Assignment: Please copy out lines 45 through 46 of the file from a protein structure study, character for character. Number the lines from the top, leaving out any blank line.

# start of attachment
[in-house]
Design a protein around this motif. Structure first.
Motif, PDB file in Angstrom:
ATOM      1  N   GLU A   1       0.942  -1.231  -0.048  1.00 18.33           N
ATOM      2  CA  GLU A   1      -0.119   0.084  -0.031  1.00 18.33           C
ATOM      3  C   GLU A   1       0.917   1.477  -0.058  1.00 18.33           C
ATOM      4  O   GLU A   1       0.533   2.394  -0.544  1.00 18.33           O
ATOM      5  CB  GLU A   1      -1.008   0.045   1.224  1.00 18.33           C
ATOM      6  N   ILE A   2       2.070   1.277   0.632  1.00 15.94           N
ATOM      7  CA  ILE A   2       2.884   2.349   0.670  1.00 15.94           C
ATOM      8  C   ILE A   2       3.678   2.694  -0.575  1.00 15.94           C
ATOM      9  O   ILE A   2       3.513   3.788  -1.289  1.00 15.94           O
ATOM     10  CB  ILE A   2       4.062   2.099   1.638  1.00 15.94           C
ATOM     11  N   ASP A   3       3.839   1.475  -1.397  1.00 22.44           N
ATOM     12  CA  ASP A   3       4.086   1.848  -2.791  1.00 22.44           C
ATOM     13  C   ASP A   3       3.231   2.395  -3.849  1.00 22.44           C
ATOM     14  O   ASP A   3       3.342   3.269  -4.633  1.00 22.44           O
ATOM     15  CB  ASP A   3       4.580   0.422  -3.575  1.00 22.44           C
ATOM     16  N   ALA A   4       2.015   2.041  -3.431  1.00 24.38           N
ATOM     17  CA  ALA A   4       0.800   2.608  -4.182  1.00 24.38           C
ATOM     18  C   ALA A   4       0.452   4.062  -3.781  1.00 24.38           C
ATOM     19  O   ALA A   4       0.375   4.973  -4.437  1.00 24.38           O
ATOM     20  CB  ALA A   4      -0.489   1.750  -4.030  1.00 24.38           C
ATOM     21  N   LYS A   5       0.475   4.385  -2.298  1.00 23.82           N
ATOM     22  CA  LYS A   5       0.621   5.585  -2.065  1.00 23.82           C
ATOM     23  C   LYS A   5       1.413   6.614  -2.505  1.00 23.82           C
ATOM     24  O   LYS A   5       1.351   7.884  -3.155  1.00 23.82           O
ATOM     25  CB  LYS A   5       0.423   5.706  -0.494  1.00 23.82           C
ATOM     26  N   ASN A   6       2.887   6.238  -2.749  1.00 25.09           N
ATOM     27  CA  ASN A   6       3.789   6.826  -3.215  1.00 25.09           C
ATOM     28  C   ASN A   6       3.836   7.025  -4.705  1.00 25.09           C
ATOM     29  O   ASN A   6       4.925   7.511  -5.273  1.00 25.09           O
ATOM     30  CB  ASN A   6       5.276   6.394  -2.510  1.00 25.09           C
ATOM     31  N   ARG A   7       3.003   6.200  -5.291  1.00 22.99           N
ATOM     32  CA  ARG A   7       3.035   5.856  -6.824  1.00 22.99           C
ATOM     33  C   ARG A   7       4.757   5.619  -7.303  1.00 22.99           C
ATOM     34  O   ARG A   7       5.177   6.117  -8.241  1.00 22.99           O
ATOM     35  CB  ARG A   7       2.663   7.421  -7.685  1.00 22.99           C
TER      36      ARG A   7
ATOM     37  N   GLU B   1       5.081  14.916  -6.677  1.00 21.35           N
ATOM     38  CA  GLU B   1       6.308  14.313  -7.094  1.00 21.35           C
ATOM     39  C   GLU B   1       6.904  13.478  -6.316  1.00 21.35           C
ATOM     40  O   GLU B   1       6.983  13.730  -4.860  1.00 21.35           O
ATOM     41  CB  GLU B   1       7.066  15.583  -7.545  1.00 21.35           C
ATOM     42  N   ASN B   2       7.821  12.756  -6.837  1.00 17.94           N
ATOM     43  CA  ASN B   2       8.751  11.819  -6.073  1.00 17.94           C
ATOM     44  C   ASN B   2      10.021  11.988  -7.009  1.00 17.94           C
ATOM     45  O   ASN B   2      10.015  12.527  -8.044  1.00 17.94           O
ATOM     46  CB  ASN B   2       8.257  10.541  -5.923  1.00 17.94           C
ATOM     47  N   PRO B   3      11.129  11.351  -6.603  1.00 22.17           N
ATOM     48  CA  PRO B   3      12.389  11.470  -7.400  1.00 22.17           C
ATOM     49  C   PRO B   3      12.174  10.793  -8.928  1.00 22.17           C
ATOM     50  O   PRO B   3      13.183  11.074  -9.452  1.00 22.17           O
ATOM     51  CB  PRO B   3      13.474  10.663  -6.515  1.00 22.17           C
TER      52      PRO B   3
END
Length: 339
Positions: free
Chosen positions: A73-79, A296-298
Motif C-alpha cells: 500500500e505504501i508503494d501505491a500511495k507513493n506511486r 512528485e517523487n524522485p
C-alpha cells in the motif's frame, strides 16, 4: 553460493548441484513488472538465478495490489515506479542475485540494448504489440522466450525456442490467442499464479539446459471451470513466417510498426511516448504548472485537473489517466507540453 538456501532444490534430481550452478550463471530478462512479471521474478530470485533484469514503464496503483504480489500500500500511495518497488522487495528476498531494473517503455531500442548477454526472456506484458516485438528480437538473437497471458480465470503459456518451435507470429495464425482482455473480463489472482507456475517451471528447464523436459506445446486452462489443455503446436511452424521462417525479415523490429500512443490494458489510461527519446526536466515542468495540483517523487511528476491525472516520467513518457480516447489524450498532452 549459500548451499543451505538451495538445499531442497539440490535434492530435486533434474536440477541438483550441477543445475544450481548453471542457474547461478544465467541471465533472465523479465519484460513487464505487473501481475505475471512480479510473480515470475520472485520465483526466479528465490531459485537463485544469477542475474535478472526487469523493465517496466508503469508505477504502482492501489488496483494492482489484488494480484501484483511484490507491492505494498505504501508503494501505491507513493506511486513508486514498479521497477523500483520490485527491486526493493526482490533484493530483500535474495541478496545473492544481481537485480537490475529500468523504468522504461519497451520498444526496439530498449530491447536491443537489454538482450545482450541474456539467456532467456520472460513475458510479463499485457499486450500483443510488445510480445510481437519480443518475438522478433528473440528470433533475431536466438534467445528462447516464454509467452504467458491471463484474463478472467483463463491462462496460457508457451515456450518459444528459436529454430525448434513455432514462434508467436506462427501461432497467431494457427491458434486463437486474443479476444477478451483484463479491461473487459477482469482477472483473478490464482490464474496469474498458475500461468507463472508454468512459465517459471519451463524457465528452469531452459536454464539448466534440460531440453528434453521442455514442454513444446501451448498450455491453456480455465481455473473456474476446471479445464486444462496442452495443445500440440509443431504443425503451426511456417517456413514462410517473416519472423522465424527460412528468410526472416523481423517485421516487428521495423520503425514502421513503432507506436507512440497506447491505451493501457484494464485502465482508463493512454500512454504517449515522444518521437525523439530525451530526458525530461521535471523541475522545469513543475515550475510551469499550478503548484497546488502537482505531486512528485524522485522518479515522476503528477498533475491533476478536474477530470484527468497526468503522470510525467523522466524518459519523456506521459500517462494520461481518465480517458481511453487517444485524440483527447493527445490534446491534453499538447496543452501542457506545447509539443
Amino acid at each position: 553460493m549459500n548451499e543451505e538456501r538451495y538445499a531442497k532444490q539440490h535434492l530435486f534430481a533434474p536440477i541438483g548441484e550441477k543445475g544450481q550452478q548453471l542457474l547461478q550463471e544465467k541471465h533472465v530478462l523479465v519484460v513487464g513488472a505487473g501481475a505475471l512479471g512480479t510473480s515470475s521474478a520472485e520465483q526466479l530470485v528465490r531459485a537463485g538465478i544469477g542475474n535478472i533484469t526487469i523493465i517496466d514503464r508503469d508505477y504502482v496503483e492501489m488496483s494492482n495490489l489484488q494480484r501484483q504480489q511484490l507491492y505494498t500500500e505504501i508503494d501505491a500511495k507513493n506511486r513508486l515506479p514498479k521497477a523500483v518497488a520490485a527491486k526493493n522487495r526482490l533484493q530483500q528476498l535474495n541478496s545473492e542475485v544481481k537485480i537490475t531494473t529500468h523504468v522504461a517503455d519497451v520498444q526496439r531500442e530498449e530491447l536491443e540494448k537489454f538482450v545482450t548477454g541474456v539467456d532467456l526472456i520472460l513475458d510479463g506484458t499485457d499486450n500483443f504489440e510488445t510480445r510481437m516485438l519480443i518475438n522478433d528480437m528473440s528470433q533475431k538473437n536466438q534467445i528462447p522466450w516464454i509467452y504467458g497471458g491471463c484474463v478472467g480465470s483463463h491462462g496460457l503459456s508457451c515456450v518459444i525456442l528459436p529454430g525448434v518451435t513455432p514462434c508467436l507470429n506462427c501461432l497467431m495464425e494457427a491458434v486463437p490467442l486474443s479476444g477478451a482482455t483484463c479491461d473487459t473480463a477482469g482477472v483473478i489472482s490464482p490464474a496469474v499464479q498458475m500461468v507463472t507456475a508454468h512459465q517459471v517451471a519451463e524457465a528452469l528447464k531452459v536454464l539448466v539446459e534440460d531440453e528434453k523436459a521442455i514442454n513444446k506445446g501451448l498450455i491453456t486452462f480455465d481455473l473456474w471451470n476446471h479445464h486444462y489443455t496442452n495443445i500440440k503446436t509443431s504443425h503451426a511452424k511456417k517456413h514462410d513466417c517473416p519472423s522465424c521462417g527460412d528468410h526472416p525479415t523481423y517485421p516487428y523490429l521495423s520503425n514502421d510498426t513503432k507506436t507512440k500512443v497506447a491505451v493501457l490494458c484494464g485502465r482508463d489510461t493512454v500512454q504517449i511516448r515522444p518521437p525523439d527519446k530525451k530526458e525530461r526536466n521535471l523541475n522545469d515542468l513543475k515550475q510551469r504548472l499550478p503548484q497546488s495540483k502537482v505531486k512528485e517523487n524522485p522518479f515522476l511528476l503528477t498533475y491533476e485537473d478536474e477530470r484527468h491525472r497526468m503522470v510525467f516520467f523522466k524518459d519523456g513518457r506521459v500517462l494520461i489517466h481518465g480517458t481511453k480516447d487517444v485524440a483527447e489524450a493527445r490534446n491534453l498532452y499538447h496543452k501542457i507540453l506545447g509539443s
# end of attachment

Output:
ATOM     42  N   ASN B   2       7.821  12.756  -6.837  1.00 17.94           N
ATOM     43  CA  ASN B   2       8.751  11.819  -6.073  1.00 17.94           C